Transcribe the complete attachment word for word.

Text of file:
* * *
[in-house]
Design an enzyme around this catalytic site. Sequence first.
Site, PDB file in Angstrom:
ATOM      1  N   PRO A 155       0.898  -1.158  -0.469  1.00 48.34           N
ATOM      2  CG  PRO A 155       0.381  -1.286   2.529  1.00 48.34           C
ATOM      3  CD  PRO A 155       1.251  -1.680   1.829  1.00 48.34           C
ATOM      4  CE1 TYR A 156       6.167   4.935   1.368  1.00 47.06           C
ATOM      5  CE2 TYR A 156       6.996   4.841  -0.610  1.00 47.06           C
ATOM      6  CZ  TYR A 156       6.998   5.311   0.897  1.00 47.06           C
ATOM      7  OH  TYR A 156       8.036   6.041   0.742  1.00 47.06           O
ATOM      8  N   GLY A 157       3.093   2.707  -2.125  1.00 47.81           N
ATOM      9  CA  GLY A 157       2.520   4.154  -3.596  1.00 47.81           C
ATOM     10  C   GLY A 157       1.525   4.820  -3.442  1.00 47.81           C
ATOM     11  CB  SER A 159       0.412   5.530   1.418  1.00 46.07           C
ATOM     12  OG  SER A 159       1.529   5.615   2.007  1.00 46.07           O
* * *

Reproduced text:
[in-house]
Design an enzyme around this catalytic site. Sequence first.
Site, PDB file in Angstrom:
ATOM      1  N   PRO A 155       0.898  -1.158  -0.469  1.00 48.34           N
ATOM      2  CG  PRO A 155       0.381  -1.286   2.529  1.00 48.34           C
ATOM      3  CD  PRO A 155       1.251  -1.680   1.829  1.00 48.34           C
ATOM      4  CE1 TYR A 156       6.167   4.935   1.368  1.00 47.06           C
ATOM      5  CE2 TYR A 156       6.996   4.841  -0.610  1.00 47.06           C
ATOM      6  CZ  TYR A 156       6.998   5.311   0.897  1.00 47.06           C
ATOM      7  OH  TYR A 156       8.036   6.041   0.742  1.00 47.06           O
ATOM      8  N   GLY A 157       3.093   2.707  -2.125  1.00 47.81           N
ATOM      9  CA  GLY A 157       2.520   4.154  -3.596  1.00 47.81           C
ATOM     10  C   GLY A 157       1.525   4.820  -3.442  1.00 47.81           C
ATOM     11  CB  SER A 159       0.412   5.530   1.418  1.00 46.07           C
ATOM     12  OG  SER A 159       1.529   5.615   2.007  1.00 46.07           O